Ransomware impacts cloud-based companies as much as on-premise ones. As Sophos claims, more than 75% of companies infected with ransomware were running up-to-date endpoint protection. This means, even if you are protected, you are still not entirely safe.
So if you don’t think your cloud storages are safe, you are wrong. Even if ransomware hit files on your local computer, it still can easily infect your files in the cloud. But don’t panic. Keep on reading, and we will tell you about the ways ransomware can infect your Google Drive and how you can secure your data in every possible scenario.
But first, let’s shortly clarify what the ransomware attack is.
What is a Ransomware Attack?
Ransomware is the combination of words “malware” and “ransom”. Ransomware virus infects your files with malware that encrypts them, so you can’t access your data. To be able to access them, you need a digital key, which you will get after you pay a ransom, usually in cryptocurrency.
The main ransomware’s distinction from other types of malware and viruses is that it manifests itself openly. The primary goal of ransomware is to instill fear for your data. You see a blocked screen, panic and pay the ransom. In most cases, this is the only thing you can do – hackers are hard to trace, so it can take months for cyber police to return your data.
The sequence of events:
- You perform “the wrong action”: click on the link, open a file, download a program, put a tick, and so on.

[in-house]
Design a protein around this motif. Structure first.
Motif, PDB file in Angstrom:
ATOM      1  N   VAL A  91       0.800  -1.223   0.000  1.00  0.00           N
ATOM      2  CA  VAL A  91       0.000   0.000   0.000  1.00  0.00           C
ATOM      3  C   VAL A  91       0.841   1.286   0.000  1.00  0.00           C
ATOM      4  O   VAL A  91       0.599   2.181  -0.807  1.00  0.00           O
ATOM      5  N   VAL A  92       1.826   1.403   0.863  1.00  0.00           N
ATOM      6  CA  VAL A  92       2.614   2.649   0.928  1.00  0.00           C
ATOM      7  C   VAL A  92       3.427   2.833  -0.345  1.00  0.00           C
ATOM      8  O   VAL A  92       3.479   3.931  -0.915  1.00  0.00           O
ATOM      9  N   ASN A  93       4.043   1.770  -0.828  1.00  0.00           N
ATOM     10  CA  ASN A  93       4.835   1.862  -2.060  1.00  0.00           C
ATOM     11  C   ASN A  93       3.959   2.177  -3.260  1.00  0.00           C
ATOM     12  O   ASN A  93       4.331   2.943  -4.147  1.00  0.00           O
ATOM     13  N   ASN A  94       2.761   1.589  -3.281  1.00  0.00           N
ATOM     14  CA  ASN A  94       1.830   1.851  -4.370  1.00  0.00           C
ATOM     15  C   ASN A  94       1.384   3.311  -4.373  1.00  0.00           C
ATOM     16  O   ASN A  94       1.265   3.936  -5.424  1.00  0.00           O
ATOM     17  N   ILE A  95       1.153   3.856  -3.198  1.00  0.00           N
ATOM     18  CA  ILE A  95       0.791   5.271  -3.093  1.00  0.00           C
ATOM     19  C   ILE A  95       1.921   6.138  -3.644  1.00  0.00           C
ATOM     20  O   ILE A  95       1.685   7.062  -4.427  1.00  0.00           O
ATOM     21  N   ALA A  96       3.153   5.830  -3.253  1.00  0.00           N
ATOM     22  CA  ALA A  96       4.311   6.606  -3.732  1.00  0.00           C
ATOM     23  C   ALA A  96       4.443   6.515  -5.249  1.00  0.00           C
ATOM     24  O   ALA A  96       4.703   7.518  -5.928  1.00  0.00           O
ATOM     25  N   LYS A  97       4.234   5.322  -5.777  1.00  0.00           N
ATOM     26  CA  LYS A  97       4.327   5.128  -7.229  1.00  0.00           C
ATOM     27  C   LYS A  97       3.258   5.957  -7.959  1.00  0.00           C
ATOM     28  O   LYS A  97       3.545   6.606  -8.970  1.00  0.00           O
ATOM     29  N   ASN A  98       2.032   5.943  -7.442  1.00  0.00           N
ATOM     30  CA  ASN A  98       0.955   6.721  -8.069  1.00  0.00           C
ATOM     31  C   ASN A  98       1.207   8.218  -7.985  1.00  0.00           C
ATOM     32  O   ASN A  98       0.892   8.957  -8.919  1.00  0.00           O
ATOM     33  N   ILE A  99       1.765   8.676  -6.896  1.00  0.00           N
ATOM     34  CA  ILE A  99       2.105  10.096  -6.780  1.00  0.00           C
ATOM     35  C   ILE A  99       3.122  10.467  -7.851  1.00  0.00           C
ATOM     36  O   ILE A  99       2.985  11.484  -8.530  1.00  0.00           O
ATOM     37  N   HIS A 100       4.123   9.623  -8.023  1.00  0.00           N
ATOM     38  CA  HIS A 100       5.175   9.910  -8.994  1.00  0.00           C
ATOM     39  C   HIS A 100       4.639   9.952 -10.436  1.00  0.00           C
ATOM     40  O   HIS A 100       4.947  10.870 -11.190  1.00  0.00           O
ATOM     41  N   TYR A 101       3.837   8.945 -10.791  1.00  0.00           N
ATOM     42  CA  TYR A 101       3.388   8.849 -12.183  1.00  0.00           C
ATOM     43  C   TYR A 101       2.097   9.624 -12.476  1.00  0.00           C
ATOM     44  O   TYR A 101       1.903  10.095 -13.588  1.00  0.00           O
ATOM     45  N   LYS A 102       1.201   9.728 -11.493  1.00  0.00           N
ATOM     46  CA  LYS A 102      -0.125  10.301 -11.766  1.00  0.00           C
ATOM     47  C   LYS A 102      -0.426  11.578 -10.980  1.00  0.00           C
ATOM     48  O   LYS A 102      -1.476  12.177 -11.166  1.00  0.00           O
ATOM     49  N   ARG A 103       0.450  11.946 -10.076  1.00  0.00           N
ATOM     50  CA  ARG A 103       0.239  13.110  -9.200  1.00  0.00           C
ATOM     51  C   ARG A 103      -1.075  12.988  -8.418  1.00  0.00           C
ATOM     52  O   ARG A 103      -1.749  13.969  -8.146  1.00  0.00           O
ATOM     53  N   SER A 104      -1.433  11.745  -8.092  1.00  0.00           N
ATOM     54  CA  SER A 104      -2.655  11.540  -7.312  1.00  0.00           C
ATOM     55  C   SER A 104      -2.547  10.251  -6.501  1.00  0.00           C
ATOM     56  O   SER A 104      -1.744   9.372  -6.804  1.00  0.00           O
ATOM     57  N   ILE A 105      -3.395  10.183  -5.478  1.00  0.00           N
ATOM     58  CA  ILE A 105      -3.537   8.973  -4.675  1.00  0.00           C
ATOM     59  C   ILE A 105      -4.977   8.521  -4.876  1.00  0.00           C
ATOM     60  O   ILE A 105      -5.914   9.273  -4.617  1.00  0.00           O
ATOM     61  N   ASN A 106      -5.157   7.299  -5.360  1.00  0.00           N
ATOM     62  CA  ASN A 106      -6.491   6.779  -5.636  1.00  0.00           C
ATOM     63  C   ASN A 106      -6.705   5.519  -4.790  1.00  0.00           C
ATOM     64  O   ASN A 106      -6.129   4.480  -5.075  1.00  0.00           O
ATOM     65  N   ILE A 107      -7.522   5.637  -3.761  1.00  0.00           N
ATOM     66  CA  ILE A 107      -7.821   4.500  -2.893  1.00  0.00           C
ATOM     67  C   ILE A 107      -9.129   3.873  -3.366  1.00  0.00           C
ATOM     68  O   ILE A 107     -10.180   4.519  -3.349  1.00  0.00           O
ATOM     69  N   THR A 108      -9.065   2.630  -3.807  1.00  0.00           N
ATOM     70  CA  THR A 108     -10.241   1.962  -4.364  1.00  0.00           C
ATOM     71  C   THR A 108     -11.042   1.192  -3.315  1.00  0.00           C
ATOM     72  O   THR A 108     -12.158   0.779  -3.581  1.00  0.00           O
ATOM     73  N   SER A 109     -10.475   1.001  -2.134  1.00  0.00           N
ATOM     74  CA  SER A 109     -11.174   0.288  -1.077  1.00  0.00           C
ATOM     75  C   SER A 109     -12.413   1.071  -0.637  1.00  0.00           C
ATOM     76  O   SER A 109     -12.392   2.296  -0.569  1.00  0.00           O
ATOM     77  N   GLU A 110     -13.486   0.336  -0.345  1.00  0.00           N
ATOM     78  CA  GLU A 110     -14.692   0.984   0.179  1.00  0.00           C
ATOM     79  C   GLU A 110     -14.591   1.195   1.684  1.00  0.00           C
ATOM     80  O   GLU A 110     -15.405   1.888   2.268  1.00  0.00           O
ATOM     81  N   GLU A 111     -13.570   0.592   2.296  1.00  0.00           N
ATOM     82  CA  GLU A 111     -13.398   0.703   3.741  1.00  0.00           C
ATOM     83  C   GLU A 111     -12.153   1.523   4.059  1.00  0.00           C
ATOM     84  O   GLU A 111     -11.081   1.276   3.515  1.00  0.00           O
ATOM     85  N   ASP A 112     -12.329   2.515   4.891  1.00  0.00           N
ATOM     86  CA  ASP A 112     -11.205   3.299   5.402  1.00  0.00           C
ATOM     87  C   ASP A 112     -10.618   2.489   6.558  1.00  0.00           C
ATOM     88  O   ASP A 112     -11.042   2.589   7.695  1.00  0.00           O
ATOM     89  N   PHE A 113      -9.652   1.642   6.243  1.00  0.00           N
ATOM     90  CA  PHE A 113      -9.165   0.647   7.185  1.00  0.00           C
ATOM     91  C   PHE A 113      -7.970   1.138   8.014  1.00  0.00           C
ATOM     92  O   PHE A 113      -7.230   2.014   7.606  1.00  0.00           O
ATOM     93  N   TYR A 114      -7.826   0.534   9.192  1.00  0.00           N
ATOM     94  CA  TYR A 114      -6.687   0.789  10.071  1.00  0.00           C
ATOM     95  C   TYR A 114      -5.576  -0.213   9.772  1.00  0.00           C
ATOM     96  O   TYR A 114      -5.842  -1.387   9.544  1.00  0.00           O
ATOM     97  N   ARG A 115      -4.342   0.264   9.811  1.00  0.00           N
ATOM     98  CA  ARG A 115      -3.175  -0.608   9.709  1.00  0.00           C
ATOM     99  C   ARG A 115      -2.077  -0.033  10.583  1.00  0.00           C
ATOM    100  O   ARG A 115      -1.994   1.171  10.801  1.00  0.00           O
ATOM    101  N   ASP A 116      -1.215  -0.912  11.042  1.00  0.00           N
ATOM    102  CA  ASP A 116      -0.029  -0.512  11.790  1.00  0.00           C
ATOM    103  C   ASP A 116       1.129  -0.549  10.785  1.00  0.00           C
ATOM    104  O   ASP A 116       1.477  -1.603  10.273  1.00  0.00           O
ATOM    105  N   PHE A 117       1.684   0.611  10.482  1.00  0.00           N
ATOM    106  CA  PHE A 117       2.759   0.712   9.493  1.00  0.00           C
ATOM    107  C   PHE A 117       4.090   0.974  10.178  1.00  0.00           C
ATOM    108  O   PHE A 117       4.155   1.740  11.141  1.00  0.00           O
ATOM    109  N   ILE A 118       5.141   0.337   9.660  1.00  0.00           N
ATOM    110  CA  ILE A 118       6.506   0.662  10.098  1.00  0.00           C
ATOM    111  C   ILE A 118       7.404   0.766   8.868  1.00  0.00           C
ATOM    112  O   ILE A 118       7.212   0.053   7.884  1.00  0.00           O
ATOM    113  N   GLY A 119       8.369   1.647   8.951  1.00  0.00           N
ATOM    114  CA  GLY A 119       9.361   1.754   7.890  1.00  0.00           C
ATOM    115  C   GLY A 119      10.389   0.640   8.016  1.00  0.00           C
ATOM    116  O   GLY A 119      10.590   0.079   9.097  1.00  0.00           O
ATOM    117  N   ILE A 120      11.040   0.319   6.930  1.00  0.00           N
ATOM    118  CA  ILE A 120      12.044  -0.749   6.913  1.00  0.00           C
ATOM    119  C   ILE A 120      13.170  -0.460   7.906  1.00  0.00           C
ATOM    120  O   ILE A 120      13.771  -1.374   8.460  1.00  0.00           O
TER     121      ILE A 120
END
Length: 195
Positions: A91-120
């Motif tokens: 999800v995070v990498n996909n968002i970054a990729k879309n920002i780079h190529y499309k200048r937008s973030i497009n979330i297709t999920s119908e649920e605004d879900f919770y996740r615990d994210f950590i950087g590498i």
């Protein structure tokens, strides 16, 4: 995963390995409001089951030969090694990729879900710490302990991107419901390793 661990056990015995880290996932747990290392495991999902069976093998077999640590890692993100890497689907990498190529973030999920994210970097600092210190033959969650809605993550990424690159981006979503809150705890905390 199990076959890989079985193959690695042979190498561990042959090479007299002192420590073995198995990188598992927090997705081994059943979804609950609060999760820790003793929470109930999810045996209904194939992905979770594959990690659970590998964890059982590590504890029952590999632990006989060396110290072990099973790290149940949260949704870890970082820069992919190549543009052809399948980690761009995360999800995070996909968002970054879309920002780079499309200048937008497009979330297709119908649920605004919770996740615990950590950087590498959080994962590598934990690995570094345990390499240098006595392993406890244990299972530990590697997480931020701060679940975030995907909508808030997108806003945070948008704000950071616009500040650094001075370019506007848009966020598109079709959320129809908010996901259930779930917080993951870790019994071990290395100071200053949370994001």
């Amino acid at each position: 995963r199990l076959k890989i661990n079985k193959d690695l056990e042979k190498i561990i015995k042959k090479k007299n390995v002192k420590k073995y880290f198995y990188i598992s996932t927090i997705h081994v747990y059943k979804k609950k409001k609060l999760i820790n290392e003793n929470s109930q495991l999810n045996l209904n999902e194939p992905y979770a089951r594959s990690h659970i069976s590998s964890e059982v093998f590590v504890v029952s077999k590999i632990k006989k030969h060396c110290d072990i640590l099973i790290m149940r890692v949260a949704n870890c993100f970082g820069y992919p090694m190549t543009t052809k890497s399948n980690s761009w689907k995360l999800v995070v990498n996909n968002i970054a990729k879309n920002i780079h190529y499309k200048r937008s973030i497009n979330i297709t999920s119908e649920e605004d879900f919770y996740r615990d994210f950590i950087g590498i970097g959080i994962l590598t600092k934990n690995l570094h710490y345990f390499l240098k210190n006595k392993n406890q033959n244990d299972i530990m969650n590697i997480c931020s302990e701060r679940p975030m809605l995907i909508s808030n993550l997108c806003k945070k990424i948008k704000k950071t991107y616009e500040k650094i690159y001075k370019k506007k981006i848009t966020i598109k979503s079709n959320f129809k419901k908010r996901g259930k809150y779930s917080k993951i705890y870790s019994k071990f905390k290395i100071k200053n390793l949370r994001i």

- The malware infects your data and encrypts targeted files.
- The malware makes itself noticeable by putting signs on your screen, asking you to pay money in exchange for getting access to your data.
In some rare cases though, if you are lucky enough to catch the “right type of malware”, you can restore previous “healthy” versions of the files on your Google Drive. But most of the recent releases of ransomware don’t let you do that, so we wouldn’t be too hopeful.
To protect Google Drive from ransomware, you need to know how it can reach it. Let’s find out.
Two Ways Ransomware Can Infect Your Google Drive
Like any other cloud service, Google Drive is prone to ransomware attacks. Google Drive can suffer in two ways: as a targeted victim of specially designed traps, or as a “ricocheted victim.”
1. Google Drive Can Become a “Ricocheted Victim” of Ransomware Through the Backup & Sync Tool
Backup & Sync is a free synchronization tool from Google. It syncs local machines with Google Drive and creates a copy of the files from your Google Drive to your computer. Any change on Google Drive reflects on your local computer and vice versa.
This instant synchronization is wonderful, but it also brings risks to the table. Imagine, you downloaded a malicious file that encrypted files on your computer, including synchronized docs in Google Drive folder. Backup & Sync will interpret encryption as regular files editing and get them automatically synced with Google Drive. Boom! Your data on Google Drive is infected with ransomware. The encryption happens in seconds, and you can’t react and turn the synchronization off.
The aftermath is even more terrifying if you shared links to infected documents with other co-workers. If they downloaded the infected file on their computer, their files are also doomed.